Fiddle + áéűúőóüöí = FAIL

I want to load an external library located in a hungarian user space. The path contains letters like áéűúőóüöí.


throws the error (Windows 11, Skp22)

Error: #<Fiddle::DLError: No such file or directory>

Does anyone know how to make this work?

Attached below is a dummy so-file (with a txt file ending - .so can not be uploaded) and a code snippet that loads the .so from the relative path

module CharTest2000

    path = File.join(__dir__, "áéűúőóüöí/SUEX_HelloWorld.txt")
    path_encoded = path.force_encoding("UTF-16LE")
    dll_handle = Fiddle.dlopen(path_encoded)
    puts "SUCCESS  "+dll_handle.to_s
  rescue => e
    puts "ERROR: "+e.to_s+" | Encoding:  "+path_encoded.encoding.to_s 

SUEX_HelloWorld.txt (92 KB)

both of these works for me

path_encoded = path.force_encoding(Encoding::UTF_16LE)
path_encoded = path.force_encoding(Encoding::UTF_8)
1 Like

I would say that the Ruby code is UTF-8, so you should not use #force_encoding.
Instead use #encode

path_encoded = path.encode(Encoding::UTF_16LE)

I am not sure the reason why "UTF-16LE" does not work.

It is not a registered alias for the Encoding class. IE …

#=> nil

But it is in the name list …


So it’s some quirk I suppose. Using the constant identifier for the encoding is better anyway.

Is path really consisting of UTF-16 bytes here? What you do here looks to be having some issues:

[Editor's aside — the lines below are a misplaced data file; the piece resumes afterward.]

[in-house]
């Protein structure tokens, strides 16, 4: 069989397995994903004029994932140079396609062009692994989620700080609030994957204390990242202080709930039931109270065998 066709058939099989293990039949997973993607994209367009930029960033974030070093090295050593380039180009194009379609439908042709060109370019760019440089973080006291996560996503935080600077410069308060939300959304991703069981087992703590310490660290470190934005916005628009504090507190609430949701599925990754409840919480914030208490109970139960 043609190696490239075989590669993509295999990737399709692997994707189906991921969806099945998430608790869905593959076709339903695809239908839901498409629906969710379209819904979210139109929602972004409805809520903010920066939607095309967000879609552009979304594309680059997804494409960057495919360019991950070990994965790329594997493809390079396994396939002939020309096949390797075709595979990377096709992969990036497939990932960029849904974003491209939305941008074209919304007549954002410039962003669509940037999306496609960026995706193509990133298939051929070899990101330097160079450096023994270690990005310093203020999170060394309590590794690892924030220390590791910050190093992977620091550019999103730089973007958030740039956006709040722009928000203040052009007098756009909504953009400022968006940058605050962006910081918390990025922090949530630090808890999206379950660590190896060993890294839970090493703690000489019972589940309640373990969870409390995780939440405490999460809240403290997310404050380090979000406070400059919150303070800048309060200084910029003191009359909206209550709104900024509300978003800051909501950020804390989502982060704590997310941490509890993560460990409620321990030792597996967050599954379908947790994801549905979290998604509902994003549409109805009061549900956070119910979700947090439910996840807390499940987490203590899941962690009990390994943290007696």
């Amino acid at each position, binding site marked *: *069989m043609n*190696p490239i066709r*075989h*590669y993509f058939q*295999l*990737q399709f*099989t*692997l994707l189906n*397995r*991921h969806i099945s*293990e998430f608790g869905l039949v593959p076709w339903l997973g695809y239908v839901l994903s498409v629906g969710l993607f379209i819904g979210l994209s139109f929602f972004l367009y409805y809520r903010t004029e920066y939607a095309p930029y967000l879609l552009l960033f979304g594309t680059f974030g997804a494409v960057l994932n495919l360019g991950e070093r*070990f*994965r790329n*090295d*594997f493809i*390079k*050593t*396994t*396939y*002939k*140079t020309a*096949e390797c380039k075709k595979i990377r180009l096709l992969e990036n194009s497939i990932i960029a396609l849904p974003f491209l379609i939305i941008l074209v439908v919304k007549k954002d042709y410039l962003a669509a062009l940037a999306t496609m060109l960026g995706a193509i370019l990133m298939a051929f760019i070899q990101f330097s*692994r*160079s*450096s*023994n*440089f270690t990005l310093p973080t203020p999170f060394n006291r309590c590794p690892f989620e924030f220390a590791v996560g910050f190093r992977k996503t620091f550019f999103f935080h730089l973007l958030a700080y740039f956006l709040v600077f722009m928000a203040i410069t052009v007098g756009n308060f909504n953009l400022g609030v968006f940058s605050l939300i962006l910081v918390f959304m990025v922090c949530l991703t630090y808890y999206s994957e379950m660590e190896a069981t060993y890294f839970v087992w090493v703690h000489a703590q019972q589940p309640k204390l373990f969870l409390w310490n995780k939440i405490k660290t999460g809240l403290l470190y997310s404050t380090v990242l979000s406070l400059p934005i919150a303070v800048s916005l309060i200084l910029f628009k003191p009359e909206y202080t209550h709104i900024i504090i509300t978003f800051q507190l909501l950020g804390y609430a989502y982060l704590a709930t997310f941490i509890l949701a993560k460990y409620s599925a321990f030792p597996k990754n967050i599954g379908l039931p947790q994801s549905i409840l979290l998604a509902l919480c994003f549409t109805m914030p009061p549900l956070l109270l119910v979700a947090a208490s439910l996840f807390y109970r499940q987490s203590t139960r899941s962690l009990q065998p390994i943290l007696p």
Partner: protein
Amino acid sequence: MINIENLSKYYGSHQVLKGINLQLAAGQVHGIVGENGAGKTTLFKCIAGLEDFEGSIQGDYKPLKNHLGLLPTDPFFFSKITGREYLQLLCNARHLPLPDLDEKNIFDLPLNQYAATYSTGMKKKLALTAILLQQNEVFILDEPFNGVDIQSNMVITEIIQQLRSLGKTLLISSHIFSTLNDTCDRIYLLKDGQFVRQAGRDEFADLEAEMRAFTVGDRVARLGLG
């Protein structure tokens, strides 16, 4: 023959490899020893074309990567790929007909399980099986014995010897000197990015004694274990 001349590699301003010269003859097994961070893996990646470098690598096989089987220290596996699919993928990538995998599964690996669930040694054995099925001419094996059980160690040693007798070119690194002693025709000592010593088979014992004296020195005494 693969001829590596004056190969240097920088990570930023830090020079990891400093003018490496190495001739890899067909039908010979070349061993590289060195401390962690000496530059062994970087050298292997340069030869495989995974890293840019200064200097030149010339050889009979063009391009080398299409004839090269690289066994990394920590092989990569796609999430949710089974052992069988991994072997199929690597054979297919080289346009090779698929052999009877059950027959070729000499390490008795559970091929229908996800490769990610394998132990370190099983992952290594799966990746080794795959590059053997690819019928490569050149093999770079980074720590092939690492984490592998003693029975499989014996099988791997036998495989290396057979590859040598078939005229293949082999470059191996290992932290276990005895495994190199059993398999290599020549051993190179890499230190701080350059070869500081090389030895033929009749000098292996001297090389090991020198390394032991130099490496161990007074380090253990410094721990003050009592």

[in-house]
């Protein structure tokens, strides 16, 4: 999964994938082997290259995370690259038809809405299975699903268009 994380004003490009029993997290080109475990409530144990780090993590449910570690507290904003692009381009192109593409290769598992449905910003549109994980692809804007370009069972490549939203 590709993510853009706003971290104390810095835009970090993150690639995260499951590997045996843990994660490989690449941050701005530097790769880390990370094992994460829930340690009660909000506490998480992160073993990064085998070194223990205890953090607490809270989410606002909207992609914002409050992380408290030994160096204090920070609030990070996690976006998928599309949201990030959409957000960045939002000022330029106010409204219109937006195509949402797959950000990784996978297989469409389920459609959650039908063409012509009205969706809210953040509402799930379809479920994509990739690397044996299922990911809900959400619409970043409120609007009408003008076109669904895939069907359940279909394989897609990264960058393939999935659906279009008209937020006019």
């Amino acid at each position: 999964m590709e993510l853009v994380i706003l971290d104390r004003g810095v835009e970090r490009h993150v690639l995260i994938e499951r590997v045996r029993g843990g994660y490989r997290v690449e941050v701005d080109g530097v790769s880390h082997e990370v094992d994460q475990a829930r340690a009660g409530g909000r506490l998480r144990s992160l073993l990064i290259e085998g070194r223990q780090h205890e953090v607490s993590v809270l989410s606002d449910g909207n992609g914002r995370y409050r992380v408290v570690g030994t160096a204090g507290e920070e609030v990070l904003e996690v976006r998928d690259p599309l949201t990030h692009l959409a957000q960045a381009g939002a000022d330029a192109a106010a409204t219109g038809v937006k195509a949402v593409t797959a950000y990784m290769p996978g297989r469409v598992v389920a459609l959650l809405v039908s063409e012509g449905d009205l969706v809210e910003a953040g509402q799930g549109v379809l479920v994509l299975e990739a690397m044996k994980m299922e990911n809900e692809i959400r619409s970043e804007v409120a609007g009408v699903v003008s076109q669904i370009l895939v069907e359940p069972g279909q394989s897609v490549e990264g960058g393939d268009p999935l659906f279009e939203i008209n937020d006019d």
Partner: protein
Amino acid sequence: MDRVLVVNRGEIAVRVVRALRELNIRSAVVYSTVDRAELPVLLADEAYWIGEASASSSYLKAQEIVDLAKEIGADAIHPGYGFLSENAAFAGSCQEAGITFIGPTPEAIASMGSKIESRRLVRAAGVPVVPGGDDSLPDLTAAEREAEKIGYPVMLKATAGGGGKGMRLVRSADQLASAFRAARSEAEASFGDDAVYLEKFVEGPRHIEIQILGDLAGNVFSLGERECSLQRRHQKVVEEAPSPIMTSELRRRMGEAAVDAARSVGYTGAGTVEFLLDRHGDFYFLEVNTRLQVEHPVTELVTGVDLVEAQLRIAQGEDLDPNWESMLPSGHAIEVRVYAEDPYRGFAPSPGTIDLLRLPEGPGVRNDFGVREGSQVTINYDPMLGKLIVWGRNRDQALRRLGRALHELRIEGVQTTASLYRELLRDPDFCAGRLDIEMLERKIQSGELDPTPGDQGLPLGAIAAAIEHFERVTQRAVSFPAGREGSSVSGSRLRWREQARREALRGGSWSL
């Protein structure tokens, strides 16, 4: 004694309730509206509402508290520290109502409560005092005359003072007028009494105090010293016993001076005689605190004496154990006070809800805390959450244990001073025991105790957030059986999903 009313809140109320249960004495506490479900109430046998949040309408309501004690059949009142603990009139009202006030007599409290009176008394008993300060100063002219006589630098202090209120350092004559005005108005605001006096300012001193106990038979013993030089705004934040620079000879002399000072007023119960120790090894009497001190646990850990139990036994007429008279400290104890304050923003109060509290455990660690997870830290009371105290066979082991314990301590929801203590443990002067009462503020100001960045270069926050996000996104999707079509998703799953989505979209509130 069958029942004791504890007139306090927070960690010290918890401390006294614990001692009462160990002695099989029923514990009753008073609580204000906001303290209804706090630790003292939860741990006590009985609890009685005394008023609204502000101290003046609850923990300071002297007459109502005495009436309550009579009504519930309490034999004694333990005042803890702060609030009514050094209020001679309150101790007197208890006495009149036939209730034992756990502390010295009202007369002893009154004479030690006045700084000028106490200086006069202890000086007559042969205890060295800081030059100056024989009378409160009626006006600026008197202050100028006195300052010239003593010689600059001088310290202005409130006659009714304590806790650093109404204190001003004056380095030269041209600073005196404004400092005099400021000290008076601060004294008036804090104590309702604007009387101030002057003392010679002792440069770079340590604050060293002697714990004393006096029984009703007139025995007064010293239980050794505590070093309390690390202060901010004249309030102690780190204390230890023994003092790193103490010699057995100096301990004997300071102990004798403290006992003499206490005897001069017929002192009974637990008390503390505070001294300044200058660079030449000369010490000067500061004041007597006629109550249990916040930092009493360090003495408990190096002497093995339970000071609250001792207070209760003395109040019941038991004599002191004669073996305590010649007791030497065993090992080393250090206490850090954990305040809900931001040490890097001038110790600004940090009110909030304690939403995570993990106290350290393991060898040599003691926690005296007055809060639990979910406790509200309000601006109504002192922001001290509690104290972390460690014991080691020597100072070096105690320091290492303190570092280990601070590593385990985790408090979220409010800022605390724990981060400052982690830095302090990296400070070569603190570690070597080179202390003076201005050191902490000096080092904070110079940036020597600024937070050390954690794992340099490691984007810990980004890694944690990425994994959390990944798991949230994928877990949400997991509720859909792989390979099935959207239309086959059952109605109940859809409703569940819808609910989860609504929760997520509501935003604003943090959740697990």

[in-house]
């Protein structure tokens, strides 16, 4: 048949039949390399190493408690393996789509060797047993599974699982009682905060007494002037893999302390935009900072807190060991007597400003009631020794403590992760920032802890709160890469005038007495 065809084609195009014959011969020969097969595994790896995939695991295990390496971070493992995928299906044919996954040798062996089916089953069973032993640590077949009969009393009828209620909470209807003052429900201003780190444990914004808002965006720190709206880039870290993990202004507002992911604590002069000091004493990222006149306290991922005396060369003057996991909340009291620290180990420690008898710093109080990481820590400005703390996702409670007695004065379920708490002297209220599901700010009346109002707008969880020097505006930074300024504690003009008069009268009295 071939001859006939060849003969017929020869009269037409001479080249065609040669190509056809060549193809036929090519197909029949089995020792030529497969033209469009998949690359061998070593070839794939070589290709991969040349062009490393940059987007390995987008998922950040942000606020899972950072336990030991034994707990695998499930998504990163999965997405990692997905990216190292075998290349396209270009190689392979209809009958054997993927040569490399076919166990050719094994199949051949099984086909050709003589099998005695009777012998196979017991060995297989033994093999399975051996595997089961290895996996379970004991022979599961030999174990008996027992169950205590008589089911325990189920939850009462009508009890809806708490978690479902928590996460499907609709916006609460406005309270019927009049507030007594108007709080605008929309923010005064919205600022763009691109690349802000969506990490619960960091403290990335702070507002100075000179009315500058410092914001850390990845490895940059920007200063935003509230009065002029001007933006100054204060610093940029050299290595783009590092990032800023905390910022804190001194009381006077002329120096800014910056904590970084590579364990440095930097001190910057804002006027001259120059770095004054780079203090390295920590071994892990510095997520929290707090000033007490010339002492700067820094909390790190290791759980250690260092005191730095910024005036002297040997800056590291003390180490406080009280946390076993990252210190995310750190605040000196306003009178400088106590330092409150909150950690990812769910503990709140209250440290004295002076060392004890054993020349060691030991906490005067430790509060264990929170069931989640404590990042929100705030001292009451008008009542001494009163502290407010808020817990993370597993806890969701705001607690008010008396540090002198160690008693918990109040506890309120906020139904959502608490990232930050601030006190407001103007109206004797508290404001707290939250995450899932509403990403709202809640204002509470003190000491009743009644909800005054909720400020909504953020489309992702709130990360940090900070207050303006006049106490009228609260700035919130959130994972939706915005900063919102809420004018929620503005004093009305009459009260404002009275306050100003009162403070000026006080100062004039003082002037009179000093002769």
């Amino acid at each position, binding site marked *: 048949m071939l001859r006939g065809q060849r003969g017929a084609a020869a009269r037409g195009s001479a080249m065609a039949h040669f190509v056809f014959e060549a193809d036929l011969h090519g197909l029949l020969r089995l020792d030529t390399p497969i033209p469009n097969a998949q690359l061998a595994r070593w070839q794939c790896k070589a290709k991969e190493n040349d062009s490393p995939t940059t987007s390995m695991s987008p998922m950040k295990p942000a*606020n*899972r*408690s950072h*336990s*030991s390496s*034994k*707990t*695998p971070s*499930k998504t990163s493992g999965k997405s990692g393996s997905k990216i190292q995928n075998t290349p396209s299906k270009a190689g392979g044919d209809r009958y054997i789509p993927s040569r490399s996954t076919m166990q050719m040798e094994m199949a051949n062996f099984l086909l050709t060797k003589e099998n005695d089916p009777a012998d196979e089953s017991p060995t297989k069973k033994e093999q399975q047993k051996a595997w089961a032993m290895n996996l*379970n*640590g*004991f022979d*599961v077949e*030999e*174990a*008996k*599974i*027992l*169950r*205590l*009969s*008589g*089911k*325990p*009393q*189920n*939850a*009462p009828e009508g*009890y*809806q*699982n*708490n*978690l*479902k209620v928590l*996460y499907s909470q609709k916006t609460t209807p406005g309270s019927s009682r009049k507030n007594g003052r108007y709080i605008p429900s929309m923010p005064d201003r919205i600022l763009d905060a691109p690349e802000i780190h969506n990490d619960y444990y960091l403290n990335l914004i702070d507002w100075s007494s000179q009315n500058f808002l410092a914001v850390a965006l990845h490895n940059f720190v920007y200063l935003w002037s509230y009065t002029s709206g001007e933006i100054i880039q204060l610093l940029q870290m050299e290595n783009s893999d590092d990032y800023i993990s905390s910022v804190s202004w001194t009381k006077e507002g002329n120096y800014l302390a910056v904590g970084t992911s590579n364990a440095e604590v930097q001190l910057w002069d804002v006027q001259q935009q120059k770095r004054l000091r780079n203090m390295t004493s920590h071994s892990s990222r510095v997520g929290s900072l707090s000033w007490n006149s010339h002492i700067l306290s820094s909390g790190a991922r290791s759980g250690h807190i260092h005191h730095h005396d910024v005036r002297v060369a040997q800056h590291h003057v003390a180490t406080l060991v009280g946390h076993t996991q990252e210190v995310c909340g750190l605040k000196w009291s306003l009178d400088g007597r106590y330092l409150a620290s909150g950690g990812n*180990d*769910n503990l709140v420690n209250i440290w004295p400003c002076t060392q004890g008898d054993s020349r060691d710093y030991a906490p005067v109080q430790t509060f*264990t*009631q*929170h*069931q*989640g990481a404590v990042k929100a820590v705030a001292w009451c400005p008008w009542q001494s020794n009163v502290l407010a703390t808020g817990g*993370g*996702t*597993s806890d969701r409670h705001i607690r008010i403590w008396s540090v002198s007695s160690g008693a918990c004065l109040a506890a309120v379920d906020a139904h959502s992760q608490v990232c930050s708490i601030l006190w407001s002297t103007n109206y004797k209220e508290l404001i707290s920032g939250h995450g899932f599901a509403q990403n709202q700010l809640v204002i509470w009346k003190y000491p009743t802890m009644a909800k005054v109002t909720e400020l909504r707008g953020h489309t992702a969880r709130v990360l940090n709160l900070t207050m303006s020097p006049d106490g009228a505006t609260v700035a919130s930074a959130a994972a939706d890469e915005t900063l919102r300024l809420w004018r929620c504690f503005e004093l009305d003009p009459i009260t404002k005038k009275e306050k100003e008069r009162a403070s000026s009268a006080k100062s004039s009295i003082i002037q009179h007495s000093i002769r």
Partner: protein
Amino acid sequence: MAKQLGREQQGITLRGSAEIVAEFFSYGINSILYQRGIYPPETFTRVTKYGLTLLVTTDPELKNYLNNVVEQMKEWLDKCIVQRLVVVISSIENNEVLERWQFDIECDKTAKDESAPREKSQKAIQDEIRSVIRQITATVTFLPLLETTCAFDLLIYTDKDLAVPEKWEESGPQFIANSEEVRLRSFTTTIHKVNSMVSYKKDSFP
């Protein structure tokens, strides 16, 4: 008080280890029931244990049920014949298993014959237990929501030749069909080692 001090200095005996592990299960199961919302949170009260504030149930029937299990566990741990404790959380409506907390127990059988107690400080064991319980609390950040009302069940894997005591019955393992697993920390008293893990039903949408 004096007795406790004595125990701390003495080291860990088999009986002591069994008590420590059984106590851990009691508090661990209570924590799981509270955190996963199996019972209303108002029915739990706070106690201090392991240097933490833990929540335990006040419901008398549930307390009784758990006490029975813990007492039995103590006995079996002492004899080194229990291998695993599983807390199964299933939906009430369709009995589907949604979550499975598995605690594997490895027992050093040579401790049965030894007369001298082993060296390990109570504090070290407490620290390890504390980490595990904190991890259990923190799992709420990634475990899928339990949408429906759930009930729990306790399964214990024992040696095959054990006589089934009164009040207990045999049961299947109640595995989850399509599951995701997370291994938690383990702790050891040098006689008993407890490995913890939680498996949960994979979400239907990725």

• __dir__ might have the wrong encoding due to a Ruby bug. I’d fix that separately. The string should be UTF-8, but with incorrect encoding label. This is why I do this in my extensions:
  • What is the encoding of the file where you have "áéűúőóüöí/SUEX_HelloWorld.txt"? If you have the file saved as UTF-8 and then force the encoding UTF-16 then the bytes will be all wrong.

What I’d do is:

  dir = __dir__
  # Account for Ruby encoding bug under Windows.
  dir.force_encoding('UTF-8') if file.respond_to?(:force_encoding)
  # Now `dir` should be correctly labeled UTF-8 string.

  path = File.join(dir, "áéűúőóüöí/SUEX_HelloWorld.txt")
  # Assuming you saved the file as UTF-8, you should now have a well-formed UTF-8 string.

  # Not sure what encoding Fiddle.dlopen accepts, but if you need UTF-16 you need to convert
  # the encoding, not forcing it.
  path_utf16 = path.encode("UTF-16LE")